Torture Test: Multitool Blades
Clean, fast cuts shouldn't cost a fortune.
Synopsis: For many years, Fein had cornered the market on multitool blades. When its patent expired, however, the door opened for competition. In this torture test, senior editor Justin Fink examines blades from 13 manufacturers to see which ones hold up best. After the testing, three stood out: a Bosch blade, a Fein blade, and a Versa-Tool blade. Reviews of all blades tested are available with this article.
For nearly two decades, Fein had the market for oscillating multitool blades pretty well cornered. Knockoffs were sold by a few companies, and tipsters offered ways to fabricate homemade blades. For the most part, though, Fein was the only game in town.
To make matters worse, Fein knew that we needed them — that if we were plugging in that MultiMaster, whether for an accurate plunge cut or a delicate flush cut, it was because no other tool could get the job done. So, often grumbling about blown profit margins, we ponied up the $50 or so for a three-pack of blades that, adding insult to injury, often wore out at a disappointing pace.
The blade game has changed
Since Fein’s patent on the MultiMaster expired, the oscillating-multitool market has expanded to include more than a dozen different brands. The number of companies making multitool blades also has grown, in many cases beyond the brands of tools themselves. We’re not just choosing among the familiar brands like Fein, Bosch, and Dremel, but independent, sometimes small, sometimes online-only blade retailers. In short, the power of choice is back in the hands of the buyer. But with that choice come more questions: Who makes the best blades? Is this low-cost blade from an online retailer really a bargain once you factor in the shipping cost?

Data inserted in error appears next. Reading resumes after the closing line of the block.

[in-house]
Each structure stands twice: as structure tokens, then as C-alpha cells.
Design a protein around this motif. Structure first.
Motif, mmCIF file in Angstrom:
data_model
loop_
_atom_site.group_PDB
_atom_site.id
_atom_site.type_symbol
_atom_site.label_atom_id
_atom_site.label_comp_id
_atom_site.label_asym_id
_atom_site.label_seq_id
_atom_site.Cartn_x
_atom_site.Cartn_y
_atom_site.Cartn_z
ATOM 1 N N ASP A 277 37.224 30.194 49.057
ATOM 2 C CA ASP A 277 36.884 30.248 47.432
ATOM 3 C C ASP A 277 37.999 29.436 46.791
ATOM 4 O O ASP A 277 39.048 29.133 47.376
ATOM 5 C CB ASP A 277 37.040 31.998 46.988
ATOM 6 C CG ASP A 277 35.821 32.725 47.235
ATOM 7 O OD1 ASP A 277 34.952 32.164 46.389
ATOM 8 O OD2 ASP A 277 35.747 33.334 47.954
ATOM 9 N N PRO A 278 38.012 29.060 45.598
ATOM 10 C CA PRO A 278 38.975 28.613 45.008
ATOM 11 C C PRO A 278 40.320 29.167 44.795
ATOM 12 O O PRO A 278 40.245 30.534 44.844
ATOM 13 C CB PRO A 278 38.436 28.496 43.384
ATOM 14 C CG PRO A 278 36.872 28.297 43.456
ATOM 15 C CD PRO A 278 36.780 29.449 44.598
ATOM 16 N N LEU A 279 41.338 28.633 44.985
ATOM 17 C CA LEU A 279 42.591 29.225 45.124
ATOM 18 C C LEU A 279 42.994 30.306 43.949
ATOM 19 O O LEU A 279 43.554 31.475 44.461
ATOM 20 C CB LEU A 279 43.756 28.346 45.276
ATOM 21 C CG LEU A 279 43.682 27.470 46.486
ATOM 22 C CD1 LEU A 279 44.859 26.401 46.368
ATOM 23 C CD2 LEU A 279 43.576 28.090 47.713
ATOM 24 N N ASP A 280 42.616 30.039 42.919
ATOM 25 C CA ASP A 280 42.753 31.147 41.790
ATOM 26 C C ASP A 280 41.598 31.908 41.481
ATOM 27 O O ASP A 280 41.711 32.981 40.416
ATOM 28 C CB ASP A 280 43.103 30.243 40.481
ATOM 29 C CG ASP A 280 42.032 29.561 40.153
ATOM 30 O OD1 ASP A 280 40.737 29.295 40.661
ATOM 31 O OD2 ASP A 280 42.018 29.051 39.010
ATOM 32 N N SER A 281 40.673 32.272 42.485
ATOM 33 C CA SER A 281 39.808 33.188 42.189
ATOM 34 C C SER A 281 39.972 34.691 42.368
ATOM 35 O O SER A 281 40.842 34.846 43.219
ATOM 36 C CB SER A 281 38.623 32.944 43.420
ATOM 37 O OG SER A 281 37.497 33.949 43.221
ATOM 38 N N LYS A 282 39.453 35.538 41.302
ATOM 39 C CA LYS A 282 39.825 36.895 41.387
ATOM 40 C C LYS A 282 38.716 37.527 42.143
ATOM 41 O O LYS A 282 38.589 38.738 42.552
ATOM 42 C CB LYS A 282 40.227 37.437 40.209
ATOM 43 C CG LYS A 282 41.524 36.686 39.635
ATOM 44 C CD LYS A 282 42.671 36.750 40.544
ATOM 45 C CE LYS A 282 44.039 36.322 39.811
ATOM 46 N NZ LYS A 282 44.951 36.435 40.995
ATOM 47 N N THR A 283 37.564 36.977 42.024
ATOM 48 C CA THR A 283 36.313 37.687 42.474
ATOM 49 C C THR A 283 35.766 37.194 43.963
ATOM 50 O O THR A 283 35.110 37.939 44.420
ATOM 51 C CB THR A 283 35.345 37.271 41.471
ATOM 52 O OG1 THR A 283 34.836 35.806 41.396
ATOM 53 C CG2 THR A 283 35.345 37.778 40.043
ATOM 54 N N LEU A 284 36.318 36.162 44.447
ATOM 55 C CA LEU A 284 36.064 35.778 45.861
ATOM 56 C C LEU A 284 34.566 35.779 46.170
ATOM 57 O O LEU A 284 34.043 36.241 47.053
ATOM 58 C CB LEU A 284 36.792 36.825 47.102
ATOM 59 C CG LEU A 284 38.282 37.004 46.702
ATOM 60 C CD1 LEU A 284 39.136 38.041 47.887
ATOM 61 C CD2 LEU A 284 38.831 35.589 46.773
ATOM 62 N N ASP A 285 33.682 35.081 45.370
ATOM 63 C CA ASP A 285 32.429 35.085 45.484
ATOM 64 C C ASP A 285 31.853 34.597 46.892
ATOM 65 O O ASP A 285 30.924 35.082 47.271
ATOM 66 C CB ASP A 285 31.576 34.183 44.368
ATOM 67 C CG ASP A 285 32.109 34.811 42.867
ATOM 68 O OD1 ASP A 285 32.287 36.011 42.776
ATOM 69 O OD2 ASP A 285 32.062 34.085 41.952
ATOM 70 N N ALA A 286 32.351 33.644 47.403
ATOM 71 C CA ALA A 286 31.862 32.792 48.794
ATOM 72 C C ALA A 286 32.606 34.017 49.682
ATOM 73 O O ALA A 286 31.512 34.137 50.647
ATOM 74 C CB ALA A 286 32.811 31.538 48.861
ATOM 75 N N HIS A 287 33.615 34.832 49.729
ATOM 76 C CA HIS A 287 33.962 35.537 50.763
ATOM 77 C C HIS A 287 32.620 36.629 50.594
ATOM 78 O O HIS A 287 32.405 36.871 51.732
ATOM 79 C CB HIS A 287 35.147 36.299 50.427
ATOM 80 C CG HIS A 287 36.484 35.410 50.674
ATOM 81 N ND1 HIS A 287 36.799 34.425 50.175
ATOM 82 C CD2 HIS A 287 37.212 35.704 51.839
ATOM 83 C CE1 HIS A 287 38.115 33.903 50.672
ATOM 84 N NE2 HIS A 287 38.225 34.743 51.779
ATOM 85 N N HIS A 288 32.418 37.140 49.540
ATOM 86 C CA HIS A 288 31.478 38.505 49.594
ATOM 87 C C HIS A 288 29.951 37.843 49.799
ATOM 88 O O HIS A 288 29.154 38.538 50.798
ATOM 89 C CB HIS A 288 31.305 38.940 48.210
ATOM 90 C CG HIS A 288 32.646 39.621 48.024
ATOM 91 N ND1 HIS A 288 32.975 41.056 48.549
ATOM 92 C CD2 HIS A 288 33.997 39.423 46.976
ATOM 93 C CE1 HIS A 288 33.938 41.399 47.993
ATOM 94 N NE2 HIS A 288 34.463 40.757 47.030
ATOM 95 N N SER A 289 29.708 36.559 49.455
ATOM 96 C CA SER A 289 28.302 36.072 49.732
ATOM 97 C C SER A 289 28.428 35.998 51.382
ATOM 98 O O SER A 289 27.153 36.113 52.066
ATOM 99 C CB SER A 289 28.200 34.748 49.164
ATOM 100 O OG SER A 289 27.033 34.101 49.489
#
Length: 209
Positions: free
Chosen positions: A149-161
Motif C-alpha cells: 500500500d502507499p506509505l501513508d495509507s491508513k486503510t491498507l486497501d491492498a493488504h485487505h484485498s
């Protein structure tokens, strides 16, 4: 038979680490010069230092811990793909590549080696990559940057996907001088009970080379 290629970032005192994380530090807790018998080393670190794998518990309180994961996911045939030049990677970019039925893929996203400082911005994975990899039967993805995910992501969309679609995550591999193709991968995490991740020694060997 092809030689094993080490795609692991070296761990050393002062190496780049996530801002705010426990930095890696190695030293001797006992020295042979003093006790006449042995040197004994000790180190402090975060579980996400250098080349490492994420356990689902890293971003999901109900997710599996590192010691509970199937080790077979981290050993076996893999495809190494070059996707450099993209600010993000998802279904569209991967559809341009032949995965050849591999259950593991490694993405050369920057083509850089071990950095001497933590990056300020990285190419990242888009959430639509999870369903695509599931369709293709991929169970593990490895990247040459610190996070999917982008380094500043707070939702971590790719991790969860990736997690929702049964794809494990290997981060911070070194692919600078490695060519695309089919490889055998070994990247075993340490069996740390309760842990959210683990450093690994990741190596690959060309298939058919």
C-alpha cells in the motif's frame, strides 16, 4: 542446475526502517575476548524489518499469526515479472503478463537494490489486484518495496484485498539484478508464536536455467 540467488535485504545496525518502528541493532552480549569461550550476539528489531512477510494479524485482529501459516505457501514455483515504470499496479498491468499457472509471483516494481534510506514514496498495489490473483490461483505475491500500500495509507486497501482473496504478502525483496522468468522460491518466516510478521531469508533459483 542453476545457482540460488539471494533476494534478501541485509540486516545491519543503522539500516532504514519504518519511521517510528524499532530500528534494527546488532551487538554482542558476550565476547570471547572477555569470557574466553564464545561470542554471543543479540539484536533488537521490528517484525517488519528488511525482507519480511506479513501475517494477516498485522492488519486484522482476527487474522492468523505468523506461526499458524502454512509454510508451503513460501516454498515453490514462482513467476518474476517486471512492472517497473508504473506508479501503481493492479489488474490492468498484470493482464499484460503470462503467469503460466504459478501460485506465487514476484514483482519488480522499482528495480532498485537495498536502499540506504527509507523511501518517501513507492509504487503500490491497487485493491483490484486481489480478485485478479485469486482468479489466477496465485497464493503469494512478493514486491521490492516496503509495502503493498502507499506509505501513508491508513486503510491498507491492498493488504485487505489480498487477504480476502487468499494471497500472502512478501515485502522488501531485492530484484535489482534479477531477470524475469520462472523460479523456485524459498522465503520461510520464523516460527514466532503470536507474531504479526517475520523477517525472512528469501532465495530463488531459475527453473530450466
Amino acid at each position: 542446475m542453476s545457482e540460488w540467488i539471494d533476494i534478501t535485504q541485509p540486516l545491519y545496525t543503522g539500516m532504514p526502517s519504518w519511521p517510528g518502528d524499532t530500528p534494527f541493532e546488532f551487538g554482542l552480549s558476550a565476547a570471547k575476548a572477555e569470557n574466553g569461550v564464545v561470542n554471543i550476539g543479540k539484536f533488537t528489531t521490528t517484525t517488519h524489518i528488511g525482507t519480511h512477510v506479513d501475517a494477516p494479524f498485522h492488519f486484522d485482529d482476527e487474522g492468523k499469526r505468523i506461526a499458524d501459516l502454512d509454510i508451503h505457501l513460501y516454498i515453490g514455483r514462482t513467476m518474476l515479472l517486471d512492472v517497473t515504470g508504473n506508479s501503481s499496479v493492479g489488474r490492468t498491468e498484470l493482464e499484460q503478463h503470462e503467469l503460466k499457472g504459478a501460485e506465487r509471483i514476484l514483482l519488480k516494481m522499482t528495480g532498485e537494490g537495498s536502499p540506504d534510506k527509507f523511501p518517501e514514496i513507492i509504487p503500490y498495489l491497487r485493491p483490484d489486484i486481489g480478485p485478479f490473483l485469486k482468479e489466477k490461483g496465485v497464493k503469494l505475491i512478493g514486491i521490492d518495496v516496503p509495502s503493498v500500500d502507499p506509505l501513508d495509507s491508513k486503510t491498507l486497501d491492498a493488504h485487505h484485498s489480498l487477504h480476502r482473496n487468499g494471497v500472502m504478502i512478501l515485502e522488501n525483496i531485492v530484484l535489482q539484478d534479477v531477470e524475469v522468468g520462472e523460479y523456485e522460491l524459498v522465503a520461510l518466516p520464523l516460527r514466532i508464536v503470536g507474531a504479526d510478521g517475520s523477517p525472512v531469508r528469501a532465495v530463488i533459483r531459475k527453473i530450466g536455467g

Multitool blades come in lots of flavors, from coarse- to fine-tooth, plunge-cut to segmented (half-round shape), and even carbide- and diamond-tipped. For this review, we focused on bimetal blades, which are offered by all 12 brands and are intended for cuts in wood and metal. Each of the blades is between 1 1⁄8 in. and 1 3⁄4 in. wide, with a depth of cut between 1 1⁄8 in. and 1 3⁄4 in. Although we didn’t test other types of blades, we hope that the results of the bimetal-blade evaluation will serve as an indicator of the overall quality and performance of each brand.
How we tested
To eliminate the possibility of the results being skewed from our bearing down on the tool during a cut, we built a counter-weighted armature that was balanced so that only the weight of the oscillating multitool — about 4 lb. — and a very minor downward pressure were driving the blade through the wood.
The mounting design of each blade is a bit different, and though there is some cross compatibility among brands, no multitool accepts every brand of blades. We thought it was more important to keep the tool constant, so we used the corded Bosch Multi-X tool because its wide, flat mounting surface made it easy to cinch down blades securely, even those that didn’t fit perfectly. It wasn’t a setup that toolmakers are likely to endorse, but it’s probably done on a daily basis on job sites.
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